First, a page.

Sex, Lies, and Video Tape: The Importance of Police Accountability

Sex, Lies, and Video Tape: The Importance of Police Accountability

Background

In 1963, the United States Supreme Court announced its landmark decision Brady v. Maryland.[1]  The case held that the prosecution has a duty to turn over exculpatory evidence to the defense provided it is material to the defense and favorable.  The case itself involved the prosecution withholding a letter in which Brady’s co-defendant confessed to being the shooter in a murder.  Brady admitted to his involvement in the murder, but claimed the co-defendant did the shooting.  Both men were sentenced to death. On re-trial, with the materials, Brady received a life sentence that ultimately led to his parole and a law-abiding life.  The difference here was literally life and death. 

Many states have adopted their own “Brady” statutes that expand on the prosecution’s duty to turn over exculpatory materials.  In California, Penal Code section 1054.1(e) requires the prosecution to disclose any exculpatory evidence.  The statutory provision is broader because while something may not be material, it could still be favorable, nonetheless.

In a separate case, the California Supreme Court announced its 1974 decision in Pitchess v. Superior Court,[2] granting limited access to police personnel records for complaints of misconduct.  While the case allows such access, the defense has to lay out a “plausible” factual scenario supporting their claim, the relevance of the materials, and how it would be admissible in court.  There are also several limitations.  The defense is not allowed to view the materials directly, but rather it is reviewed in camera by the judge in the presence of the police department.  The defense can receive the names and contact information for witnesses, but then must interview them to hear their information.  If the witnesses cannot be located or cannot remember what the complaint was about, the defense may then present a supplemental motion to access the complaint itself.  Such access is generally limited to five years.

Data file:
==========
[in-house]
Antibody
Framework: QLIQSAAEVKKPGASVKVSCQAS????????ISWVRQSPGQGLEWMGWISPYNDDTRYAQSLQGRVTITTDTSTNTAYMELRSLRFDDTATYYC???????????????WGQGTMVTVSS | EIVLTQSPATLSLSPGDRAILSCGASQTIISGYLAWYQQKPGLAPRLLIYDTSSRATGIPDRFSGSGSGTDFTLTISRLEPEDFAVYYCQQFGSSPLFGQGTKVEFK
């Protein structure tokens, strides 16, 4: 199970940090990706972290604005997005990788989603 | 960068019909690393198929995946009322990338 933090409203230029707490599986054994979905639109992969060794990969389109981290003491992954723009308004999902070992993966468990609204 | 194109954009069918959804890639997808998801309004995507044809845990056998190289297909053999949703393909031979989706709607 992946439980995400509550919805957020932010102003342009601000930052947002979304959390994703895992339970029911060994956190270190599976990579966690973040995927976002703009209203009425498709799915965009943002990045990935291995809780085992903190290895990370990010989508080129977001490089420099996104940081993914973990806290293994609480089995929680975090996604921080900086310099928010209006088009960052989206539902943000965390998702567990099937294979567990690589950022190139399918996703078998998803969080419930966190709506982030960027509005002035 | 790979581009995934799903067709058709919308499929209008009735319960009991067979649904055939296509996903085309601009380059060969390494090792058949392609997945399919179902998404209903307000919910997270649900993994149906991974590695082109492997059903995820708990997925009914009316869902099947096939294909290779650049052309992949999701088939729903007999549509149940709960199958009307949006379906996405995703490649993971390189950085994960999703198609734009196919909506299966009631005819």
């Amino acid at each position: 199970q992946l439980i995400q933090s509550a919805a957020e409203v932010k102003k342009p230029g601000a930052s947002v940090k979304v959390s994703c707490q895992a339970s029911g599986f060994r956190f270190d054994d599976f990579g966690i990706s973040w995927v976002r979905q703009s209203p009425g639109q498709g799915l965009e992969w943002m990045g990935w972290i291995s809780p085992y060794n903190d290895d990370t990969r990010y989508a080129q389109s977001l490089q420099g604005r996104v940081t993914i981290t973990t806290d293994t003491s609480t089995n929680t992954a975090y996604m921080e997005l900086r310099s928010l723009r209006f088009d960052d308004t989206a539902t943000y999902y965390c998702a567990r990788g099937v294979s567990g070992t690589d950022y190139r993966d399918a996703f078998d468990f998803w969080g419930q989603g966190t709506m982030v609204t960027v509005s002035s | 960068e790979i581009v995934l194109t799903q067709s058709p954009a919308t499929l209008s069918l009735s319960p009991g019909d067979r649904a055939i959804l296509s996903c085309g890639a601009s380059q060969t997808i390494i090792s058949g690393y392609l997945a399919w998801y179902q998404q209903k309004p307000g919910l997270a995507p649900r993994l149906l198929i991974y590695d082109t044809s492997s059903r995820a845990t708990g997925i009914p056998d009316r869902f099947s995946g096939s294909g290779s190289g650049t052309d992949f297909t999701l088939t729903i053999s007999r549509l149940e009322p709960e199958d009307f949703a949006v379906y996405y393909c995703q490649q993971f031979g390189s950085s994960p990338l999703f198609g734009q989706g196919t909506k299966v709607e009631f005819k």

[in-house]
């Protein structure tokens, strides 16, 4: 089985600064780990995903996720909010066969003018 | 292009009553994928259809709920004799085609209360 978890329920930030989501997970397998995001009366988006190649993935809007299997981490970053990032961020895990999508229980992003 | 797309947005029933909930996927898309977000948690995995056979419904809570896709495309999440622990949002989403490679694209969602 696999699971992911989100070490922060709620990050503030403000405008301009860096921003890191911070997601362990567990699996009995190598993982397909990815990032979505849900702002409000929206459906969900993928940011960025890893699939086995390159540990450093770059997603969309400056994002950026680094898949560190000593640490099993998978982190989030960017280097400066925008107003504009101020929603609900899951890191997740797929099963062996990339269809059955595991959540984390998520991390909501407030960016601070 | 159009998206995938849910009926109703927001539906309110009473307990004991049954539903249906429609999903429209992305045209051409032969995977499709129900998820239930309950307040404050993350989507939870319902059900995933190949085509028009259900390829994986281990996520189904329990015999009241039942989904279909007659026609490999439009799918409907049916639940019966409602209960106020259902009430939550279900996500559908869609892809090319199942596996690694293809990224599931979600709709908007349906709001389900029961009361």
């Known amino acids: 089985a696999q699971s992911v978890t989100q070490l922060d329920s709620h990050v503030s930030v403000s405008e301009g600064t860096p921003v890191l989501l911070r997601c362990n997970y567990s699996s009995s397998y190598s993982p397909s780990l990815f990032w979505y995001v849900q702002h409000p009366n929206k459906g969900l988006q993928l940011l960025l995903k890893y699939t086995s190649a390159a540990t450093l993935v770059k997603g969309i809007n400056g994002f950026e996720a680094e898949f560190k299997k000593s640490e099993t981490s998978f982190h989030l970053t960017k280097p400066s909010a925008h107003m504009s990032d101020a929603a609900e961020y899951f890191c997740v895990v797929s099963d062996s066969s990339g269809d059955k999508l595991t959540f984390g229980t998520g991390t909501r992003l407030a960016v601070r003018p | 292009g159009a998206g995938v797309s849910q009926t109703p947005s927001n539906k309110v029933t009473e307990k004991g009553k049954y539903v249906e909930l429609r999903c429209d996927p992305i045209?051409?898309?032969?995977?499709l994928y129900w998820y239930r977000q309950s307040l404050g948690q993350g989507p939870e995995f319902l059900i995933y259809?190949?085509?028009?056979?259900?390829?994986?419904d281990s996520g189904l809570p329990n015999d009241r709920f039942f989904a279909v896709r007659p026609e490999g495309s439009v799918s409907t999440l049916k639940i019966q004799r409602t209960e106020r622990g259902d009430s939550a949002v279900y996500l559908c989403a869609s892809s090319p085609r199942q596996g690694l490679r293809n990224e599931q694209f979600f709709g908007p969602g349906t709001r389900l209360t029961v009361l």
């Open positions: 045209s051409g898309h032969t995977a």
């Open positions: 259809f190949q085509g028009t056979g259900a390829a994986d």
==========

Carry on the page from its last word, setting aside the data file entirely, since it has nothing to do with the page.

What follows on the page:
In many jurisdictions, the prosecution uses the same “Pitchess” process to attempt to comply with their “Brady” obligations with mixed results.  Some courts ruled the prosecution failed to make a “plausible” factual showing and some courts ruled they were not administrative agencies of the prosecution and the prosecution should independently turn over any material they were aware of without going through the “Pitchess” process.


Recent Legal Developments

Over the last few years, there has been a movement towards greater transparency regarding police misconduct.  Lawmakers have enacted several provisions geared toward ensuring the defense an opportunity to learn of police misconduct.  The California state legislature passed SB 411 clarifying that private individuals have a right to record the police in any place the individual has a right to be or in public.  California Penal Code section 141(b) was enacted in 2017 to make it a felony for a police officer to “alter, modify, plant, manufacture, conceal, or move any physical matter, digital image, or video recording, with the specific intent that the action will result in a person being charged with a crime…”  In July 2019, the public will have access to audio and video recordings of “critical incidents” such as police-involved shootings and use of force that result in death or great bodily injury.